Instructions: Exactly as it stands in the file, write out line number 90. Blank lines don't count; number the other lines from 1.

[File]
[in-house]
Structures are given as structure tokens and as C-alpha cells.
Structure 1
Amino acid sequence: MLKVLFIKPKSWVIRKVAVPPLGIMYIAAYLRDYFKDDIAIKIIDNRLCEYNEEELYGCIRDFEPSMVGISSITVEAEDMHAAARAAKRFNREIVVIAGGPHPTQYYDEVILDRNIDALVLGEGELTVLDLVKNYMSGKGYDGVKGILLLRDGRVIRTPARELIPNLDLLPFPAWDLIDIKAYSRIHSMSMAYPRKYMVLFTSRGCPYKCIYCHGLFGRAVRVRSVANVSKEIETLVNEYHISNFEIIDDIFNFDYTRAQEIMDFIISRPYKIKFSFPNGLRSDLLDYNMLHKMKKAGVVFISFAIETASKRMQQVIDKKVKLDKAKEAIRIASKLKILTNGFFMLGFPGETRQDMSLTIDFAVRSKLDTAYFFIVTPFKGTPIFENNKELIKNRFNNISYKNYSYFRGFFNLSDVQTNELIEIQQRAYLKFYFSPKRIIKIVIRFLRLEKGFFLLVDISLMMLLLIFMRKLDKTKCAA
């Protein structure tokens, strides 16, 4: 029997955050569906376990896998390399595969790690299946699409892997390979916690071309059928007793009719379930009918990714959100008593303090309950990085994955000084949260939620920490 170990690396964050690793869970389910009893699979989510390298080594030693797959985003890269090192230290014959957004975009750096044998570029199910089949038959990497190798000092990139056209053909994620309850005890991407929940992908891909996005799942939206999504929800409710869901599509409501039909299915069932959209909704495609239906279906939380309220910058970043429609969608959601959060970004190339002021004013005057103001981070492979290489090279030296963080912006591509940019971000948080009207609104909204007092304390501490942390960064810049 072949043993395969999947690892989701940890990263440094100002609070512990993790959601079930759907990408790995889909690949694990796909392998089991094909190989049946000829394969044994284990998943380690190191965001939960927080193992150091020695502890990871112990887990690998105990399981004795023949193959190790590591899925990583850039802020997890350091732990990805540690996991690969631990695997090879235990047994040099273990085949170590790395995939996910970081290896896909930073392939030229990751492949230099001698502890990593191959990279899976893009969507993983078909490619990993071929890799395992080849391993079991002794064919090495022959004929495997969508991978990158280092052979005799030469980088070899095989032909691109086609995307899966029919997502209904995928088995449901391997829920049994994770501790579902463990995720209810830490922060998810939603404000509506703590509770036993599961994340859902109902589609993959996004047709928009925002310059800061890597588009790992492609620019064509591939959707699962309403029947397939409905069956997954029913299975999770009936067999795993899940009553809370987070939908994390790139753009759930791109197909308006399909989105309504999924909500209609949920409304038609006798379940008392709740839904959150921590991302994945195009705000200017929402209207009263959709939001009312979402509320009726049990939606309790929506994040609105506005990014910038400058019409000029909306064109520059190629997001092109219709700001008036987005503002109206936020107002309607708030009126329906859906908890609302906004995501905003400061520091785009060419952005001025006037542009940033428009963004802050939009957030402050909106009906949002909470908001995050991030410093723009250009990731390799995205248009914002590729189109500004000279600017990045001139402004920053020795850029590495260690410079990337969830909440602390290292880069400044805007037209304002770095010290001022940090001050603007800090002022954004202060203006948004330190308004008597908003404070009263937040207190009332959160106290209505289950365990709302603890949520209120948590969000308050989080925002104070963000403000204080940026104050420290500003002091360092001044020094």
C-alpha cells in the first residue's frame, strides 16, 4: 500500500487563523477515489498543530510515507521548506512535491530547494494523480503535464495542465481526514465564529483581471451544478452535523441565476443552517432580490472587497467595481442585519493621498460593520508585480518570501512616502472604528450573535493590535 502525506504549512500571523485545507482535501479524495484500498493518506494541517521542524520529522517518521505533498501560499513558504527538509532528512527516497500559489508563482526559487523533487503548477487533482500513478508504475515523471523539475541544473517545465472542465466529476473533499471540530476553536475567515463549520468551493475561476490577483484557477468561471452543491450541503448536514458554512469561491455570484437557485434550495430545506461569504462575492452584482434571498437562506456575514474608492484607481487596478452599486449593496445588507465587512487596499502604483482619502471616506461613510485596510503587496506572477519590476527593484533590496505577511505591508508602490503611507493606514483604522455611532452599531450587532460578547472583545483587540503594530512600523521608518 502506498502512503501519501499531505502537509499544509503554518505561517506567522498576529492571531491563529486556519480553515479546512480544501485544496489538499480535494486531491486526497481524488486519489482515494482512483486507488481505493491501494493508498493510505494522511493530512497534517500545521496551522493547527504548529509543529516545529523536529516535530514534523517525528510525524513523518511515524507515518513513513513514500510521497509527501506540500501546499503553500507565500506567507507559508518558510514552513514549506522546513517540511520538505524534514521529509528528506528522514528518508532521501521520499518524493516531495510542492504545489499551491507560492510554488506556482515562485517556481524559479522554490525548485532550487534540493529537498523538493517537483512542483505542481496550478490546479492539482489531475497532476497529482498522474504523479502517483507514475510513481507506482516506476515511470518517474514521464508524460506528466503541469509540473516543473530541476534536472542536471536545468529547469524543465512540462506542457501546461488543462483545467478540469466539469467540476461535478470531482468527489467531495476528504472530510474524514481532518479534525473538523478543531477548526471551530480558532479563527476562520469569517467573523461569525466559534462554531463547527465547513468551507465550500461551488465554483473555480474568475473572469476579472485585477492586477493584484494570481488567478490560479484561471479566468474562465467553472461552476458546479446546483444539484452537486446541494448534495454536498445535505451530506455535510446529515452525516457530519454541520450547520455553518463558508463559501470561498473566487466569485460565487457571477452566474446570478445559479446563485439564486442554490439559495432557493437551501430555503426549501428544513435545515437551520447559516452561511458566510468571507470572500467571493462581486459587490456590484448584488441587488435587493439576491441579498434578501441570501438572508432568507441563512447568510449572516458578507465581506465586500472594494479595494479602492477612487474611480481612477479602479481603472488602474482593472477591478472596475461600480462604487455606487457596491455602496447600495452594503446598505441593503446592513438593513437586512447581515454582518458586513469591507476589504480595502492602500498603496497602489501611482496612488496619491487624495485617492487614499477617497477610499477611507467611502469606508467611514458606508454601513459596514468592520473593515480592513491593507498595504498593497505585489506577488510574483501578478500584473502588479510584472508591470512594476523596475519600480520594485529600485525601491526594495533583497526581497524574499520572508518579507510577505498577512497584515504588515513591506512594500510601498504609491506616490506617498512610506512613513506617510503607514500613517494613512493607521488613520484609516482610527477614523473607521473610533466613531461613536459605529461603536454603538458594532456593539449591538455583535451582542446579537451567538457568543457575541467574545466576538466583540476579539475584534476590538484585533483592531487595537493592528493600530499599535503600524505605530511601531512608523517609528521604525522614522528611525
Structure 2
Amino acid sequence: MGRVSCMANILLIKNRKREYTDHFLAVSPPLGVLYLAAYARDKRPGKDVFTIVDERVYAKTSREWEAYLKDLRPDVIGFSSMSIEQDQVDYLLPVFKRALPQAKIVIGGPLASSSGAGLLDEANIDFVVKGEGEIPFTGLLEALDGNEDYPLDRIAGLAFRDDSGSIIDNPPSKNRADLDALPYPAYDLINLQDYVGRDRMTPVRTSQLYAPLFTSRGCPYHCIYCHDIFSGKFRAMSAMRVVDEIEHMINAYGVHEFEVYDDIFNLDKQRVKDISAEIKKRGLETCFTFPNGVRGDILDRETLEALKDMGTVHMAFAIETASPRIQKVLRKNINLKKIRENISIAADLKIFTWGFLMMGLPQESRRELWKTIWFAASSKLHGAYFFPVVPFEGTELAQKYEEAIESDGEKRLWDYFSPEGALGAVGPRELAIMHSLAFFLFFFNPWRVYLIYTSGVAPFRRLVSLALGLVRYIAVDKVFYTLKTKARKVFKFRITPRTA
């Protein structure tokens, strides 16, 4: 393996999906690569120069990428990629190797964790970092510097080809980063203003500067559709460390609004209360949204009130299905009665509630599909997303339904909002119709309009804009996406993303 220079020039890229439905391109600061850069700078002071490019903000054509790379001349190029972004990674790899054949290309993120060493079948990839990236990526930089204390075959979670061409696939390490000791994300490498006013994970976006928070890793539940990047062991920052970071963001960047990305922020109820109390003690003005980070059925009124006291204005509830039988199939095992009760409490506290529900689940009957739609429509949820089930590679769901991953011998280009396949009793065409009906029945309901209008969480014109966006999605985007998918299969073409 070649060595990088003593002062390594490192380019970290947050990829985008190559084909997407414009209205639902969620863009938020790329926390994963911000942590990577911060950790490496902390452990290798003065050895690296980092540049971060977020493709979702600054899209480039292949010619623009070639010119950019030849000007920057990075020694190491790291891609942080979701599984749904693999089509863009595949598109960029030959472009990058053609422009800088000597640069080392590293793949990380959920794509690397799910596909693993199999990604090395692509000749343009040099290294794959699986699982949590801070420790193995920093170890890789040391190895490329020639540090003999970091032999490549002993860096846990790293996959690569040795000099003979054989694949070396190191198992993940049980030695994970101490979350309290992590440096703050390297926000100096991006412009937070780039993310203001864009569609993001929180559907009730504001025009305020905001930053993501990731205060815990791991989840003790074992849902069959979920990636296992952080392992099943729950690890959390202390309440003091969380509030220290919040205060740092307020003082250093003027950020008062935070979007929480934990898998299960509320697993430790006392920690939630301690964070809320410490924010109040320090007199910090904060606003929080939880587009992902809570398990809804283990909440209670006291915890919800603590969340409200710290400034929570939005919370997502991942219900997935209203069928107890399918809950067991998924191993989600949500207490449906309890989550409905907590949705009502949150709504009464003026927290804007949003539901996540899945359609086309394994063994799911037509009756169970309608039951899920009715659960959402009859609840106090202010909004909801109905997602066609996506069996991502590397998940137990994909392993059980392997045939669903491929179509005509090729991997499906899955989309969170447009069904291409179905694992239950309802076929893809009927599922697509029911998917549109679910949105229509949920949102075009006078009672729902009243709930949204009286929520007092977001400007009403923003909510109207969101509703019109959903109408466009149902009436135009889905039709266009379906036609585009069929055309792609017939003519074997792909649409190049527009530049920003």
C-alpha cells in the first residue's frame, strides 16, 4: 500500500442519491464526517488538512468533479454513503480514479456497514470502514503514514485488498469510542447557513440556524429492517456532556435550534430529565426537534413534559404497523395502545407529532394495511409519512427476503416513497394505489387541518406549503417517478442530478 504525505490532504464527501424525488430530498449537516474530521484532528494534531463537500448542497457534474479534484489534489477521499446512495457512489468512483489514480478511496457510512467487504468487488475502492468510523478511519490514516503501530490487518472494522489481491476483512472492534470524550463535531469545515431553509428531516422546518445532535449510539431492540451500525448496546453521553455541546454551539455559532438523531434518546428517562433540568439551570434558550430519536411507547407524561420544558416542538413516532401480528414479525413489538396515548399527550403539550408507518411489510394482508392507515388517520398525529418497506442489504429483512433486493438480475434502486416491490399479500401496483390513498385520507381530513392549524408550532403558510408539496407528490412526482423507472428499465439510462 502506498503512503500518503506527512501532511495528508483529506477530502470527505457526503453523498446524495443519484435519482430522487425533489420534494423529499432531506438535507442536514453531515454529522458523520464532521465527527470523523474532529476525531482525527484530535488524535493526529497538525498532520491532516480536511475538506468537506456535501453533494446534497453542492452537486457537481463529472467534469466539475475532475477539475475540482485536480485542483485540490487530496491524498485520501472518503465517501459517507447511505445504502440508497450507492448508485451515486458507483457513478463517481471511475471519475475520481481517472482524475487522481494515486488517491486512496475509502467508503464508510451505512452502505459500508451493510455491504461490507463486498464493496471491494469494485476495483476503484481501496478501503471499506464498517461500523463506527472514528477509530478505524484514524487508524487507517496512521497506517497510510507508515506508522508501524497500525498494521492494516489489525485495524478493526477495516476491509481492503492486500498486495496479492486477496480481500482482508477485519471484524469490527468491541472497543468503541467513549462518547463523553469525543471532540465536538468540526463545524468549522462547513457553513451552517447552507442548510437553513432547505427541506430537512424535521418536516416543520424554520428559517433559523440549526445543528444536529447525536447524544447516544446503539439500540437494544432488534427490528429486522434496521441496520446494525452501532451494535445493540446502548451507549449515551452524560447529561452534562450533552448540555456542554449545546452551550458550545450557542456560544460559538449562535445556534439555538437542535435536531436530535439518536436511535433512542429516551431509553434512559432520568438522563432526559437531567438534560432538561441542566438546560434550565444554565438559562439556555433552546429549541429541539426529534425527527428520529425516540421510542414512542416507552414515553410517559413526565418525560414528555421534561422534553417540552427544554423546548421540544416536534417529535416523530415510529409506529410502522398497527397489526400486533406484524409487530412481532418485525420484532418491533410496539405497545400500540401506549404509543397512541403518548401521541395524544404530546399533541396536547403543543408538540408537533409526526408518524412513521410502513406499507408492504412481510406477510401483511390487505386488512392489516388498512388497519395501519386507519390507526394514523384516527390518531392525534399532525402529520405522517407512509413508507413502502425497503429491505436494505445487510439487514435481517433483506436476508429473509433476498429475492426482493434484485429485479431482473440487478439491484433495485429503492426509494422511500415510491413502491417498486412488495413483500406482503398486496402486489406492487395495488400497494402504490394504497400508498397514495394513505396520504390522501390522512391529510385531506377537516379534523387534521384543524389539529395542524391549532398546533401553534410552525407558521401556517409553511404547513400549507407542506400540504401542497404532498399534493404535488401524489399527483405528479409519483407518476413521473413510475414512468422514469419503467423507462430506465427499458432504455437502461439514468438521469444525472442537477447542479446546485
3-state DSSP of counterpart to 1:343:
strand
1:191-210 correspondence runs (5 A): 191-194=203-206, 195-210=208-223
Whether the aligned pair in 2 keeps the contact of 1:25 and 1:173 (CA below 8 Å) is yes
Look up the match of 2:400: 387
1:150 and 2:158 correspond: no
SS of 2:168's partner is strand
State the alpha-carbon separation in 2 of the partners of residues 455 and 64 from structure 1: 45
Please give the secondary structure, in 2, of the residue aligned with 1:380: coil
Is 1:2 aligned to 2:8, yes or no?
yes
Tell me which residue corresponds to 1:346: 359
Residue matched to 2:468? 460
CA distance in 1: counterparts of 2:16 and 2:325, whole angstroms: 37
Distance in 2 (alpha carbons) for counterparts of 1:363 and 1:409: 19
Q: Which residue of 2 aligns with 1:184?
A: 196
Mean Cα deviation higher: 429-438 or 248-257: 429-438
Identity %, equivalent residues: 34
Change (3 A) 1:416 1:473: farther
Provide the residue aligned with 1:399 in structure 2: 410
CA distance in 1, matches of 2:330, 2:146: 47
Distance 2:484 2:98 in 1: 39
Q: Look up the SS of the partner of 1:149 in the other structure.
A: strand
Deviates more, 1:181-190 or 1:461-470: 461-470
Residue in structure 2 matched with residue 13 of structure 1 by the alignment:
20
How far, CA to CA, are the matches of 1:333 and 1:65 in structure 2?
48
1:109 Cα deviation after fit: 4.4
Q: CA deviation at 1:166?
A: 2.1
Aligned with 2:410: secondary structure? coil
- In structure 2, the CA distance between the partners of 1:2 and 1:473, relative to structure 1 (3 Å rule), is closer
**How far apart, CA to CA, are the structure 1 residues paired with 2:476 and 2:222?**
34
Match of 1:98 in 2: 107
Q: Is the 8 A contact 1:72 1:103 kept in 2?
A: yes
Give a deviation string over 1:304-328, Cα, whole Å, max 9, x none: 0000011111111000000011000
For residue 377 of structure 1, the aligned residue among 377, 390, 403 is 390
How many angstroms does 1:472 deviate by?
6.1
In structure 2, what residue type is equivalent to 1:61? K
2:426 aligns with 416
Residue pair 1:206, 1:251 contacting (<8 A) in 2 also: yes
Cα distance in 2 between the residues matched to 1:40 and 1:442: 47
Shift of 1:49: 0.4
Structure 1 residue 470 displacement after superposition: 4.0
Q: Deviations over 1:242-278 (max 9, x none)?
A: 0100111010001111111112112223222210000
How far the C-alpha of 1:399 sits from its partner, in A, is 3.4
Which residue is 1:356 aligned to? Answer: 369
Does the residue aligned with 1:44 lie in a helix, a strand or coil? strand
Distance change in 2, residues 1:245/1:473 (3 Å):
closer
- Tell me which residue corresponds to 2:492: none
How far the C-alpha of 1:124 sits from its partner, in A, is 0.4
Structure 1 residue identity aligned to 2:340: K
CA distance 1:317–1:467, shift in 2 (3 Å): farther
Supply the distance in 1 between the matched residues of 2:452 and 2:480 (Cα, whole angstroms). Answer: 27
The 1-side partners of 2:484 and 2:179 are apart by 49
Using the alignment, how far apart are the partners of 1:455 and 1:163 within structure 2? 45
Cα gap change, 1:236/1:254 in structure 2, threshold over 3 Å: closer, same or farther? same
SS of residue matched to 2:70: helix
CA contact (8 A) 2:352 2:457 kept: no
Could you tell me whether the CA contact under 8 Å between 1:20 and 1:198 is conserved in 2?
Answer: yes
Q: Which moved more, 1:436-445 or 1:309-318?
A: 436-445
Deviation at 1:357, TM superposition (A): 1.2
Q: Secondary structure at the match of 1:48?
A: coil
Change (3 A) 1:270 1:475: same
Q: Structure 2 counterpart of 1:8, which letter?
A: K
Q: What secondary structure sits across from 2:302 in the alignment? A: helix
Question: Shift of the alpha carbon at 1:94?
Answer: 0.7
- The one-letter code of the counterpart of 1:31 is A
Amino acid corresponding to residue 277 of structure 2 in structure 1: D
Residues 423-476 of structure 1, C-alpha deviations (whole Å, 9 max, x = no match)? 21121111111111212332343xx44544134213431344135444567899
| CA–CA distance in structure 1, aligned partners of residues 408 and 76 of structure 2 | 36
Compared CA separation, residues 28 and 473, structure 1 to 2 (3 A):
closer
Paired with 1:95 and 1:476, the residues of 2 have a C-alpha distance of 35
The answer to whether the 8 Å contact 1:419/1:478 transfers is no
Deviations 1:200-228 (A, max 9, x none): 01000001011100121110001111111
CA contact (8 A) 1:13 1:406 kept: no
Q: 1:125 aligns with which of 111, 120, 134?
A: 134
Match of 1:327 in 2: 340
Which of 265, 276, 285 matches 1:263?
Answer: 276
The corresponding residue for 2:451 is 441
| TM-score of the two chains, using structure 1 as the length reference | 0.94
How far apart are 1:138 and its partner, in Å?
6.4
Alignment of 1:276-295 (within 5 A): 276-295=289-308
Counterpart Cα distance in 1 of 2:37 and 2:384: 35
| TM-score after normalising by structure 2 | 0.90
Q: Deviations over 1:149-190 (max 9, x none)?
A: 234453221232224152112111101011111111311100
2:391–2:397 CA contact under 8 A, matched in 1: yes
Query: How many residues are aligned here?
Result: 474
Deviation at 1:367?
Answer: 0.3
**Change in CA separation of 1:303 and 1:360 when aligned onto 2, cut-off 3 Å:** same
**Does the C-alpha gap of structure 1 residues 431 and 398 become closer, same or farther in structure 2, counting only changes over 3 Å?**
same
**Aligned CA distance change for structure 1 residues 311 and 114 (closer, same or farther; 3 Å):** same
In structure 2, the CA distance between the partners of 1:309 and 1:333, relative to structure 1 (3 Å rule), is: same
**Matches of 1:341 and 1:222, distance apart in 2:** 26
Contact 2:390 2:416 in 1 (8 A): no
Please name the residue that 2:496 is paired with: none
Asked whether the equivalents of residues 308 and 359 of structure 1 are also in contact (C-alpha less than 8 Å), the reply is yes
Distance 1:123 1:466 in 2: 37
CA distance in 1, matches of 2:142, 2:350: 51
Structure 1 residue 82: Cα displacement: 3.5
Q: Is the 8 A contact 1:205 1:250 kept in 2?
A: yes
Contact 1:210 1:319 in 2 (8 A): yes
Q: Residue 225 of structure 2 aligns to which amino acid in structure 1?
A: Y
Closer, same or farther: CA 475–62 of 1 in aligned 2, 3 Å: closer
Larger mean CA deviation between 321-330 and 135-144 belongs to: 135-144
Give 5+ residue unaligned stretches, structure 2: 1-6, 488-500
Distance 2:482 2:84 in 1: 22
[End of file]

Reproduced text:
Answer: 0.7